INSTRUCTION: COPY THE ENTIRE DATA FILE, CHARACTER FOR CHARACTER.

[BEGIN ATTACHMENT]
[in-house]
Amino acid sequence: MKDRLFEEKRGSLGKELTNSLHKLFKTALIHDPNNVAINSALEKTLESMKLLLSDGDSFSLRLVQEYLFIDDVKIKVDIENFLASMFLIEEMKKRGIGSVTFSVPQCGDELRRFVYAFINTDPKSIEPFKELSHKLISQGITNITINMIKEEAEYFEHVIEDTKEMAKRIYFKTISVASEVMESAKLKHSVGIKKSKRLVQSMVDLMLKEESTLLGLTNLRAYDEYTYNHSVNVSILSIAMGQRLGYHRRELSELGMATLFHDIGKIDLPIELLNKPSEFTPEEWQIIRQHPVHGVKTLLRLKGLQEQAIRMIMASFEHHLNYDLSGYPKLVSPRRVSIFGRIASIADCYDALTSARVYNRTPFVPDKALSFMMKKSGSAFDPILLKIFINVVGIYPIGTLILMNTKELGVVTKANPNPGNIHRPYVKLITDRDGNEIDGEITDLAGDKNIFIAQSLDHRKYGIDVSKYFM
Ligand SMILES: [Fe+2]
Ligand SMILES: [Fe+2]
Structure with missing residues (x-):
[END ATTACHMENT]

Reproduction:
[in-house]
Amino acid sequence: MKDRLFEEKRGSLGKELTNSLHKLFKTALIHDPNNVAINSALEKTLESMKLLLSDGDSFSLRLVQEYLFIDDVKIKVDIENFLASMFLIEEMKKRGIGSVTFSVPQCGDELRRFVYAFINTDPKSIEPFKELSHKLISQGITNITINMIKEEAEYFEHVIEDTKEMAKRIYFKTISVASEVMESAKLKHSVGIKKSKRLVQSMVDLMLKEESTLLGLTNLRAYDEYTYNHSVNVSILSIAMGQRLGYHRRELSELGMATLFHDIGKIDLPIELLNKPSEFTPEEWQIIRQHPVHGVKTLLRLKGLQEQAIRMIMASFEHHLNYDLSGYPKLVSPRRVSIFGRIASIADCYDALTSARVYNRTPFVPDKALSFMMKKSGSAFDPILLKIFINVVGIYPIGTLILMNTKELGVVTKANPNPGNIHRPYVKLITDRDGNEIDGEITDLAGDKNIFIAQSLDHRKYGIDVSKYFM
Ligand SMILES: [Fe+2]
Ligand SMILES: [Fe+2]
Structure with missing residues (x-):